Jenni Avins

Yvon Chouinard: Cat Food, Climbing and Commitment


Wednesday, at the Sustainable Textiles Conference in New York, Yvon Chouinard, founder of outdoor super-brand Patagonia, told industry insiders from brands like Nike, H&M and Eileen Fisher that he never wanted to be a businessman, and remembered leaner days as a young alpinist.

“I used to eat cat food,” he said. “That’s all I could afford to eat. I’d go to the dented can store in San Francisco and buy cases of dented cat food.”

When Chouinard found his way into business more than 50 years ago, he was just a climber who wanted a more environmentally friendly piton to secure his ropes to mountainsides. Today, his story and subsequent success have earned him sage-like status among colleagues and customers alike.

It seems to be a slightly demented sense of commitment – common to climbers – that has helped Chouinard reach the top. But it hasn’t always been a smooth ascent. When Synchilla, Patagonia’s synthetic fleece, became a household name in the ‘80s, suburbanites across America sported the company’s cult classic Snap-T and Patagonia projected 50% growth. Then the recession hit.

“We got to a point,” Chouinard remembered, “where my accountant introduced me to some mafia guys.”

So he took a step back, and brought a group of key employees to the tip of South America, the real Patagonia, to re-examine their priorities. What emerged, from long walks and talks in the spectacular landscape, was a renewed commitment to their principles and their planet. They wanted a flexible workplace where kids were welcome and surf reports could determine working hours, and to continue Patagonia’s tradition of looking after the environment.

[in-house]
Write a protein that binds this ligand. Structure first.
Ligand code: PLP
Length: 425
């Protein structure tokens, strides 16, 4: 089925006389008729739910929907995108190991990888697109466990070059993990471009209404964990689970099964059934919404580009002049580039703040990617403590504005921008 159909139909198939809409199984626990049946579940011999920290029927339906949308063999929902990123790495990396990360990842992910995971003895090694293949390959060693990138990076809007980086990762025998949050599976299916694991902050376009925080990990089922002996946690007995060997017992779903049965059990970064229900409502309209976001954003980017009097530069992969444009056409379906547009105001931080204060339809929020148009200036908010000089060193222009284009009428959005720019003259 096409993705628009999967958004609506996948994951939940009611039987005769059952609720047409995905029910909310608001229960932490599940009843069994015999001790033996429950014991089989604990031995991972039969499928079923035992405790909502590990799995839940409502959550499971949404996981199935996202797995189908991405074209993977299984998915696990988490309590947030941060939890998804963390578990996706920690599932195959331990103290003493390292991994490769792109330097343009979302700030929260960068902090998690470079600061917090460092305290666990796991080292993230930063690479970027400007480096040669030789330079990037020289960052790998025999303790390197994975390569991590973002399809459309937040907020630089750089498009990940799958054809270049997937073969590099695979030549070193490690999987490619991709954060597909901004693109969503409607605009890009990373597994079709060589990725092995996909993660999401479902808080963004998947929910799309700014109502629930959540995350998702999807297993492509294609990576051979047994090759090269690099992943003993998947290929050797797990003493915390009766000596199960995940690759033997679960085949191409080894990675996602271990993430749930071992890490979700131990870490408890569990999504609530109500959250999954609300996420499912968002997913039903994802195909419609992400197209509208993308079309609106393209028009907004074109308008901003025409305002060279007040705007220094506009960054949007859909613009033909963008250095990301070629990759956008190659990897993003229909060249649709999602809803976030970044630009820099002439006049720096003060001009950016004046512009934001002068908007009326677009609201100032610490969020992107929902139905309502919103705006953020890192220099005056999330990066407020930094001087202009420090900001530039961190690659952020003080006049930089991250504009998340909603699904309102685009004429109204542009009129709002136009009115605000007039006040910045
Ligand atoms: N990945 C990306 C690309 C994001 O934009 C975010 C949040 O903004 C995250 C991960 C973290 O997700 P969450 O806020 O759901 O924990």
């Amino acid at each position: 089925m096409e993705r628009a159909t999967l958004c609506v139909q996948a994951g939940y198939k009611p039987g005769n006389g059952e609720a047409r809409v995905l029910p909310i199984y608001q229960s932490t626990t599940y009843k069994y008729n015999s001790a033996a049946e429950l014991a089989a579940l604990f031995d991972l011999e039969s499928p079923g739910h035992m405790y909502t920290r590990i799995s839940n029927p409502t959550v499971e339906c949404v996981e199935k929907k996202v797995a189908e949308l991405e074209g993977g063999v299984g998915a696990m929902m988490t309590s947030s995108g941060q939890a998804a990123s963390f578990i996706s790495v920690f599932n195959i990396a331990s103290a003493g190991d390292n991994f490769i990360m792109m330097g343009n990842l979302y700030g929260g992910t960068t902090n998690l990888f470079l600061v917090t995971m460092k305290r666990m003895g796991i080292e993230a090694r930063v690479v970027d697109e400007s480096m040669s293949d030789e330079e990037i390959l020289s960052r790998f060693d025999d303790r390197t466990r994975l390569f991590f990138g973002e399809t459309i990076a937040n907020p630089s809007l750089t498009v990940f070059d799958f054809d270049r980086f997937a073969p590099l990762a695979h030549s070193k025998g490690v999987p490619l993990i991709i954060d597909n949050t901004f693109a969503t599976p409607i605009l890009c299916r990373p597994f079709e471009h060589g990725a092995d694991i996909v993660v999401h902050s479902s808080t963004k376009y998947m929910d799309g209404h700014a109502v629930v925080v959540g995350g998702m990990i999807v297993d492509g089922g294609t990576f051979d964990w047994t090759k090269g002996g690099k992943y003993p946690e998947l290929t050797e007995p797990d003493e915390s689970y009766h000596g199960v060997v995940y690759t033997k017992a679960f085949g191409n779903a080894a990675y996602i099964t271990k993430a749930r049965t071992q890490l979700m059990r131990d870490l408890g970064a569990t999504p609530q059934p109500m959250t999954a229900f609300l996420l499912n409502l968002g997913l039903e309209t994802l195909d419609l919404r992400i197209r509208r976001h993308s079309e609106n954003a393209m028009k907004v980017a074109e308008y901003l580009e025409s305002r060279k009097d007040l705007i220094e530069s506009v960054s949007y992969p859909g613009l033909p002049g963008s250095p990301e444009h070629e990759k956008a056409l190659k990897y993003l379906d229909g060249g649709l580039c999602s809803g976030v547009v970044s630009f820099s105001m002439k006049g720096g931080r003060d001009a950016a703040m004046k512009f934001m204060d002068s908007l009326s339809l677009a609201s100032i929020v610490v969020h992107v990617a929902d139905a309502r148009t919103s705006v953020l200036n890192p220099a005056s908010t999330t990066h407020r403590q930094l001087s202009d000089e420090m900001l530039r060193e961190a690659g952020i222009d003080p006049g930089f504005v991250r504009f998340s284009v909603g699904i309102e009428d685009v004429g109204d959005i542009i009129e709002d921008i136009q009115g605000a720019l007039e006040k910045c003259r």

When Chouinard visited a conventional cotton farm and found what he described as a lifeless “killing zone,” toxic with pesticides, he gave Patagonia just 18 months to start sourcing organic cotton, and then realized he couldn’t send it to a gin dripping with chemicals. So his team set about re-sourcing the whole supply chain, like climbers, just putting one foot in front of the other.

“And then you get the spinner,” Chouinard laughed, “who says, ‘Hey your cotton’s coming in with seeds and stems…like bad dope!’”

Except in this case, the “bad dope,” cleaned and certified organic cotton, came at a premium price. But Patagonia committed, and their customers followed. Now, their product line is made of 80 percent recycled materials.

“You just have to work harder,” Chouinard said, of the remaining 20 percent. “Anytime there’s a business issue, the answer is to increase the quality.”

And in a bizarre reversal, the owner of the brand has become picky about the quality of his customers, asserting that a customer who desires, but doesn’t “need” his product is not sustainable. So the next step will be a clothing recycling program, and new merchandise will come with a contract that states, “Please don’t buy this jacket unless you really need it.”

It’s a strange strategy–one that will probably make Patagonia’s sales skyrocket. And if not?

He always has cat food.

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